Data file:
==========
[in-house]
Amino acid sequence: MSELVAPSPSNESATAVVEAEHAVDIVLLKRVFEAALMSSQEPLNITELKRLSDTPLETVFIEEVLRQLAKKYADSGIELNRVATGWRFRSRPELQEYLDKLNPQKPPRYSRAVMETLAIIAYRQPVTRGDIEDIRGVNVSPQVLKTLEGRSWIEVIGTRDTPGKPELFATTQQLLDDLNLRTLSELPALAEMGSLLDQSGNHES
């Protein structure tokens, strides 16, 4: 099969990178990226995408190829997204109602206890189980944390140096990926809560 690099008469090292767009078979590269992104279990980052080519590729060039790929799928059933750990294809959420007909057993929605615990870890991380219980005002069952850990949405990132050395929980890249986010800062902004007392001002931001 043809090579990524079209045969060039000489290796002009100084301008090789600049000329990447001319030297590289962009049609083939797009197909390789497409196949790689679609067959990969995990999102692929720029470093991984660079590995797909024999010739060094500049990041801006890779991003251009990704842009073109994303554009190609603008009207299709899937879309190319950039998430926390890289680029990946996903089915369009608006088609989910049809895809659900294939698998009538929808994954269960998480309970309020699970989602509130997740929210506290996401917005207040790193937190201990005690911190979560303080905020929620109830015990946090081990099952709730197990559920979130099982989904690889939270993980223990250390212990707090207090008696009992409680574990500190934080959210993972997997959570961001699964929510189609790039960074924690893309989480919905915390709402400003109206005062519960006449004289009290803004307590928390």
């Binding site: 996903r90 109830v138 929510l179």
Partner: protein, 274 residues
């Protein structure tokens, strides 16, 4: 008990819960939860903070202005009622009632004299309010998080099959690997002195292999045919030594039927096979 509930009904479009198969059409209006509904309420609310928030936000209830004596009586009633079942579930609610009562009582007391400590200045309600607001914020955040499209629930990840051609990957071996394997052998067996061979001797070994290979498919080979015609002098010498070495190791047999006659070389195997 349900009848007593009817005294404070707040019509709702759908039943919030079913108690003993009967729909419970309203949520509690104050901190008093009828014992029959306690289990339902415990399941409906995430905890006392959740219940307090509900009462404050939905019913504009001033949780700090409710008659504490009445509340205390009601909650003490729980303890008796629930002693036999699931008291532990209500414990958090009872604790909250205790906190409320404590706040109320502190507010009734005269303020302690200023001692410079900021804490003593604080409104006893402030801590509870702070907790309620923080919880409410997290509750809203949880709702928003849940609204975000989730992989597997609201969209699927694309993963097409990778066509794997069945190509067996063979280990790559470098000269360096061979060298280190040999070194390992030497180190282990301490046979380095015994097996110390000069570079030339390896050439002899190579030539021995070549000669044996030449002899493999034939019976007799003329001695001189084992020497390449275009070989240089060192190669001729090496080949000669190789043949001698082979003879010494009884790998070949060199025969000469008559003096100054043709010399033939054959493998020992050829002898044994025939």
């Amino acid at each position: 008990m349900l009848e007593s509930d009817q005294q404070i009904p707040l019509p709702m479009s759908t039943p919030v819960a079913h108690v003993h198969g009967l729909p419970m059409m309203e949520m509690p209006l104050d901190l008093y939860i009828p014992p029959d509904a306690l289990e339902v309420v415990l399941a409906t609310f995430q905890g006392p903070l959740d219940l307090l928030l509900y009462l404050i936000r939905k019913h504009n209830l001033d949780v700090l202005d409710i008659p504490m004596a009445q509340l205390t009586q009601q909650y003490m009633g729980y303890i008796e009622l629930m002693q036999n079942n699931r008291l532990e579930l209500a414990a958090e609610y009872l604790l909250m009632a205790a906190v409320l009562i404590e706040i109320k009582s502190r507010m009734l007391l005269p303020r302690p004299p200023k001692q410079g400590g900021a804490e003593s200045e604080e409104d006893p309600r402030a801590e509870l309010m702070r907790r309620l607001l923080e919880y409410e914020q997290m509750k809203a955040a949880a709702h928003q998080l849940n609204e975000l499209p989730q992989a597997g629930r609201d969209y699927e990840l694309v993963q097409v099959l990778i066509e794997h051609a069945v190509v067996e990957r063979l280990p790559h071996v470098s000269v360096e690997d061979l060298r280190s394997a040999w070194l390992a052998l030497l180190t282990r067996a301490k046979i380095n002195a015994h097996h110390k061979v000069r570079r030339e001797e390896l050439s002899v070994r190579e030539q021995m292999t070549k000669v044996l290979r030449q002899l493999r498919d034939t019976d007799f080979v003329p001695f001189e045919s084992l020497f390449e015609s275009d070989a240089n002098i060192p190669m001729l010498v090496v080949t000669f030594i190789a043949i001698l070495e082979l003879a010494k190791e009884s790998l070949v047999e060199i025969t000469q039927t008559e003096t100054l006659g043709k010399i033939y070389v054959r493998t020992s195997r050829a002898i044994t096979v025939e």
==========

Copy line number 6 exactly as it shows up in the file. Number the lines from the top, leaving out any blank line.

């Protein structure tokens, strides 16, 4: 008990819960939860903070202005009622009632004299309010998080099959690997002195292999045919030594039927096979 509930009904479009198969059409209006509904309420609310928030936000209830004596009586009633079942579930609610009562009582007391400590200045309600607001914020955040499209629930990840051609990957071996394997052998067996061979001797070994290979498919080979015609002098010498070495190791047999006659070389195997 349900009848007593009817005294404070707040019509709702759908039943919030079913108690003993009967729909419970309203949520509690104050901190008093009828014992029959306690289990339902415990399941409906995430905890006392959740219940307090509900009462404050939905019913504009001033949780700090409710008659504490009445509340205390009601909650003490729980303890008796629930002693036999699931008291532990209500414990958090009872604790909250205790906190409320404590706040109320502190507010009734005269303020302690200023001692410079900021804490003593604080409104006893402030801590509870702070907790309620923080919880409410997290509750809203949880709702928003849940609204975000989730992989597997609201969209699927694309993963097409990778066509794997069945190509067996063979280990790559470098000269360096061979060298280190040999070194390992030497180190282990301490046979380095015994097996110390000069570079030339390896050439002899190579030539021995070549000669044996030449002899493999034939019976007799003329001695001189084992020497390449275009070989240089060192190669001729090496080949000669190789043949001698082979003879010494009884790998070949060199025969000469008559003096100054043709010399033939054959493998020992050829002898044994025939």